The Appellant asserts that the Trial Court was without authority to modify its orginal findings and conclusions and judgment, but with the motion for a new trial before it on behalf of the then Plaintiff Simpson, there can be no doubt that the Court was clearly within its rights in modifying the judgment in accordance with the provisions of Rule 59, Federal Rules of Civil Procedure, 28 U.S.C.V. following section 723c.

The only remaining question in the case is the correctness of the Court's judgment in awarding the undistributed crop rentlas to Simpson's legal representative for the year in which he died. The decision in this respect is based first upon the determination of whether or not the law of Oklahoma Shall govern the transactions. The Oklahoma Statute provides that real property within the State is governed by the law of the State (Title 60, Section 21, o.s. 1941); also that the validity and interpretation of wills concerning real property is governed by the law of the State (Title 84, Section 20, o.s. 1941). In Oklahoma under the Statute, a contract is to be interpreted according to the law and the place where it is to be performed (Title 15, Section 162, o.s.1941), so that while the deeds, the will, and the lease in controversy here may have been execrted in the State of Arkanses, they are clearly governed in construction and interpretaion by the laws of the State of Oklahoma where the property was located, where the decedent resided, where the will was probated and where by the terms of the lease it was to be performed.The rule in regard to the interpretation of contracts according to the law of the place of performance is confirmed by the Oklahoma decision. Sceurity Trust & Savings Bank v. Gleichmann, 50 Okl. 441, 150 p. 908, L.R.A. 1915F 1203; Collins v. Holland, 169 Okl. 10, 34 p.2d 587; Sheehan Pipe Line Const. Co. v. State Commision, 151 Okl. 272, 3 p.2d 199. The only remaining point to be considered is what may be the Oklahoma law in regard to the disposition of crpos growing upon the lands of a life tenant which have not been harvested and paid over to said life tenant prior to his death, originally characterized as emblements. Some states have positive statutes covering such a situation, other states do not, and Oklahoma appears to be in the latter class. The Oklahoma Statute provides that the common law, as modified by constitutiona and statutory law, judicial decisions and the condition and wants of the people, shall remain in force, in aid of the general statutes of Oklahima (Title 12, Sec. 2, O.S. 1941). It would appear that under these circumstances the common law covering the situation, if it can be determined, should be applied. In this respect the Courts seem be generally agree that the common law is that where a tenant for life sows land he is entitled through his legal representative to the growing crops in case the estate terminates by his death before the produce can be gatherd. Wilhoit v. Salmon, 146 Cal. 444, 80 p. 705; Bradley v. Bailey, 56 Conn. 374, 15 A. 746, 1 L.R.A. 427, 7 Am.St.Rep. 316; Keays v. Blinn, 234 Ill. 121, 84 N.E. 628, 14 Ann.Cas. 37. In other states the rule is the same but is regulated by statute. For example Ohio and Indiana.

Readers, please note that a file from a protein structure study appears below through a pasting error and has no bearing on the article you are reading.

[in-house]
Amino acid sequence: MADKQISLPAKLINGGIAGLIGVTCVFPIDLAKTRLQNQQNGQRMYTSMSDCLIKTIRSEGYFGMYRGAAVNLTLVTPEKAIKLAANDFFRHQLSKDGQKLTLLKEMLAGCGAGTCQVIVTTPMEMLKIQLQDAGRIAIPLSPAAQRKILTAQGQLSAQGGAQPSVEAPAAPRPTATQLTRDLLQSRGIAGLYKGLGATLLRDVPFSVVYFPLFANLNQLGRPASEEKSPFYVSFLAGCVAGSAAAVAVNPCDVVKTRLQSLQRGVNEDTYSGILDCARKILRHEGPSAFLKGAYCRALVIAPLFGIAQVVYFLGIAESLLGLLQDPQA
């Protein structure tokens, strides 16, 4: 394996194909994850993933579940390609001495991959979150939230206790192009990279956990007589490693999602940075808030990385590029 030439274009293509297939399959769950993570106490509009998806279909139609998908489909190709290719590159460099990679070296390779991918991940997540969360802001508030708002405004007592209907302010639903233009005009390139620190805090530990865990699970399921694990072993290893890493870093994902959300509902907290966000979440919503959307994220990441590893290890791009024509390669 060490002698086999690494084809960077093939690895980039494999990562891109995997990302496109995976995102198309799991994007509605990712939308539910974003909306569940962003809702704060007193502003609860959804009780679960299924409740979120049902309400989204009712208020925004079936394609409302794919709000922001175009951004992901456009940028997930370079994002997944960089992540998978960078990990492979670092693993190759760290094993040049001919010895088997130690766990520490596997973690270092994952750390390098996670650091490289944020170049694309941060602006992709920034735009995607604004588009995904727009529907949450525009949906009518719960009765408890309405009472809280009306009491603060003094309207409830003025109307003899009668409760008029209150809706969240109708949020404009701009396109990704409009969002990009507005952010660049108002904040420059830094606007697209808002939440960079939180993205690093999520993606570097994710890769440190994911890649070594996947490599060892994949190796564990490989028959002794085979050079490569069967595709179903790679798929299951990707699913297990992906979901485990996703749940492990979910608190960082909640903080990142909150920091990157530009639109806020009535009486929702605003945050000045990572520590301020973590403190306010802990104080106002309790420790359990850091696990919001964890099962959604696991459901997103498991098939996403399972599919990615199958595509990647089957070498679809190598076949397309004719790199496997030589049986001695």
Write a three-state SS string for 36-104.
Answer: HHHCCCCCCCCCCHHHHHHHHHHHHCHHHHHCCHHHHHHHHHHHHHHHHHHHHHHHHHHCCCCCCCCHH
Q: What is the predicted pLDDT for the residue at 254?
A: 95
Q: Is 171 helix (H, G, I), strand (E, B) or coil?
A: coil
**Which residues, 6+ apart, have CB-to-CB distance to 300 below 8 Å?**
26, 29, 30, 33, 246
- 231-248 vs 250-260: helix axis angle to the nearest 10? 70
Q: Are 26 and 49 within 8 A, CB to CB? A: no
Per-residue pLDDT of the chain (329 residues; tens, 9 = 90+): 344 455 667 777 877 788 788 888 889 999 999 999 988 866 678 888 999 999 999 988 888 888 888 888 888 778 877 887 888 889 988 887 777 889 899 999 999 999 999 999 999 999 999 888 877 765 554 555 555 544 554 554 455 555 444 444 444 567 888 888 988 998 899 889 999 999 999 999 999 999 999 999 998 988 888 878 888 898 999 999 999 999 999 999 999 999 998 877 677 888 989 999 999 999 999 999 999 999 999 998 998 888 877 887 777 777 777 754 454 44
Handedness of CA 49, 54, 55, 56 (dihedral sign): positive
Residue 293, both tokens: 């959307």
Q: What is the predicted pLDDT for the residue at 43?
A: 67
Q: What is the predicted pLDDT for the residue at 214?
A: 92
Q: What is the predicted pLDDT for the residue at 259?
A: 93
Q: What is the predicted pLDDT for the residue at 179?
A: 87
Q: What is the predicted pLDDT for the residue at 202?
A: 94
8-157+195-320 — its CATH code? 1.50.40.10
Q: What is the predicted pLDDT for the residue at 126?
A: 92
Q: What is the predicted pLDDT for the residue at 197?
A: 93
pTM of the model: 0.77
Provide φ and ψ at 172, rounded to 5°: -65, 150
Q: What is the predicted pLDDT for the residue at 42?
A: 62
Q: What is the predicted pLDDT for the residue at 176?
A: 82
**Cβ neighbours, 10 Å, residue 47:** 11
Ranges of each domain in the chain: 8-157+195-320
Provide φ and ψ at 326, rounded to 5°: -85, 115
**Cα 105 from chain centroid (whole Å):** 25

It is therefore clear that the Trial Court did not err in applying the common law to the situation and awarding the undistributed crop benefits for the year in which the life tenant died, to his personal representative instead of the remainder man. The judgment of the Trial Court is affirmed.

19440317